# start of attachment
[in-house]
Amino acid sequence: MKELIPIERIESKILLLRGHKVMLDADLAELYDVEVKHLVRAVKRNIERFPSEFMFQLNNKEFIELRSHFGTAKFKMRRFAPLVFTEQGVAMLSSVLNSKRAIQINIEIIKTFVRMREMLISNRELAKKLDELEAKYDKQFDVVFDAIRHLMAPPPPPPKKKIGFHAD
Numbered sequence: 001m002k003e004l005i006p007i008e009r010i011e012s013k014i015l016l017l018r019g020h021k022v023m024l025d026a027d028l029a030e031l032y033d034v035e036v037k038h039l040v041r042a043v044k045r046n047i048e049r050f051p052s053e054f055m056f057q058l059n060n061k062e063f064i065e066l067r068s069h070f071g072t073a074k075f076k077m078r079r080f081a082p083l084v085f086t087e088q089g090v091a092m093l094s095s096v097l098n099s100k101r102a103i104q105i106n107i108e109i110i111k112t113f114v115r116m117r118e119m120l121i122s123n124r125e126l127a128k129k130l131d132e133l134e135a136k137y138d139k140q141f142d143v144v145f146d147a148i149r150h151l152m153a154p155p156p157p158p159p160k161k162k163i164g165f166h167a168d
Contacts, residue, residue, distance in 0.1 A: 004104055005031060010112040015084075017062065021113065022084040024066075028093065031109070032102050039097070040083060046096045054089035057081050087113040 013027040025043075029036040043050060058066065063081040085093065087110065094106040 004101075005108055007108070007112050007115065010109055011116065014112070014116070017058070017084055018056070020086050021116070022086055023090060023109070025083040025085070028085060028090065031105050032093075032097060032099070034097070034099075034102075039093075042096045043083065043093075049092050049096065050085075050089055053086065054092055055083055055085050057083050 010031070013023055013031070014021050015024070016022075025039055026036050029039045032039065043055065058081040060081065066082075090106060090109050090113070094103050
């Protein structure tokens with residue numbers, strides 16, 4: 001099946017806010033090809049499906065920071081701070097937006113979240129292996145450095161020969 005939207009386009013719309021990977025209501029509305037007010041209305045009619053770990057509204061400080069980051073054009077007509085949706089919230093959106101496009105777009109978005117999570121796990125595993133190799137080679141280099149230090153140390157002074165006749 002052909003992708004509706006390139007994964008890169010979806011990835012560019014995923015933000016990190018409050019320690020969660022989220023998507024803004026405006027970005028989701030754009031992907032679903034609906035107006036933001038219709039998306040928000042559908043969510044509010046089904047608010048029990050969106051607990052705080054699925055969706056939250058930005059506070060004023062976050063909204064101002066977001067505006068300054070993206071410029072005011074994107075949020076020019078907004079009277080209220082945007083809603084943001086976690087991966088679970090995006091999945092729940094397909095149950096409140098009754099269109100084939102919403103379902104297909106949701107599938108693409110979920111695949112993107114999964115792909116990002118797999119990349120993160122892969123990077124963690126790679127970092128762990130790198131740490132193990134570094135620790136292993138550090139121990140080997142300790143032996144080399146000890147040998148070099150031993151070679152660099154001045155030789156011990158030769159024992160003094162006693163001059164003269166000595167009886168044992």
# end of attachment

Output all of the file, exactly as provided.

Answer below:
[in-house]
Amino acid sequence: MKELIPIERIESKILLLRGHKVMLDADLAELYDVEVKHLVRAVKRNIERFPSEFMFQLNNKEFIELRSHFGTAKFKMRRFAPLVFTEQGVAMLSSVLNSKRAIQINIEIIKTFVRMREMLISNRELAKKLDELEAKYDKQFDVVFDAIRHLMAPPPPPPKKKIGFHAD
Numbered sequence: 001m002k003e004l005i006p007i008e009r010i011e012s013k014i015l016l017l018r019g020h021k022v023m024l025d026a027d028l029a030e031l032y033d034v035e036v037k038h039l040v041r042a043v044k045r046n047i048e049r050f051p052s053e054f055m056f057q058l059n060n061k062e063f064i065e066l067r068s069h070f071g072t073a074k075f076k077m078r079r080f081a082p083l084v085f086t087e088q089g090v091a092m093l094s095s096v097l098n099s100k101r102a103i104q105i106n107i108e109i110i111k112t113f114v115r116m117r118e119m120l121i122s123n124r125e126l127a128k129k130l131d132e133l134e135a136k137y138d139k140q141f142d143v144v145f146d147a148i149r150h151l152m153a154p155p156p157p158p159p160k161k162k163i164g165f166h167a168d
Contacts, residue, residue, distance in 0.1 A: 004104055005031060010112040015084075017062065021113065022084040024066075028093065031109070032102050039097070040083060046096045054089035057081050087113040 013027040025043075029036040043050060058066065063081040085093065087110065094106040 004101075005108055007108070007112050007115065010109055011116065014112070014116070017058070017084055018056070020086050021116070022086055023090060023109070025083040025085070028085060028090065031105050032093075032097060032099070034097070034099075034102075039093075042096045043083065043093075049092050049096065050085075050089055053086065054092055055083055055085050057083050 010031070013023055013031070014021050015024070016022075025039055026036050029039045032039065043055065058081040060081065066082075090106060090109050090113070094103050
């Protein structure tokens with residue numbers, strides 16, 4: 001099946017806010033090809049499906065920071081701070097937006113979240129292996145450095161020969 005939207009386009013719309021990977025209501029509305037007010041209305045009619053770990057509204061400080069980051073054009077007509085949706089919230093959106101496009105777009109978005117999570121796990125595993133190799137080679141280099149230090153140390157002074165006749 002052909003992708004509706006390139007994964008890169010979806011990835012560019014995923015933000016990190018409050019320690020969660022989220023998507024803004026405006027970005028989701030754009031992907032679903034609906035107006036933001038219709039998306040928000042559908043969510044509010046089904047608010048029990050969106051607990052705080054699925055969706056939250058930005059506070060004023062976050063909204064101002066977001067505006068300054070993206071410029072005011074994107075949020076020019078907004079009277080209220082945007083809603084943001086976690087991966088679970090995006091999945092729940094397909095149950096409140098009754099269109100084939102919403103379902104297909106949701107599938108693409110979920111695949112993107114999964115792909116990002118797999119990349120993160122892969123990077124963690126790679127970092128762990130790198131740490132193990134570094135620790136292993138550090139121990140080997142300790143032996144080399146000890147040998148070099150031993151070679152660099154001045155030789156011990158030769159024992160003094162006693163001059164003269166000595167009886168044992």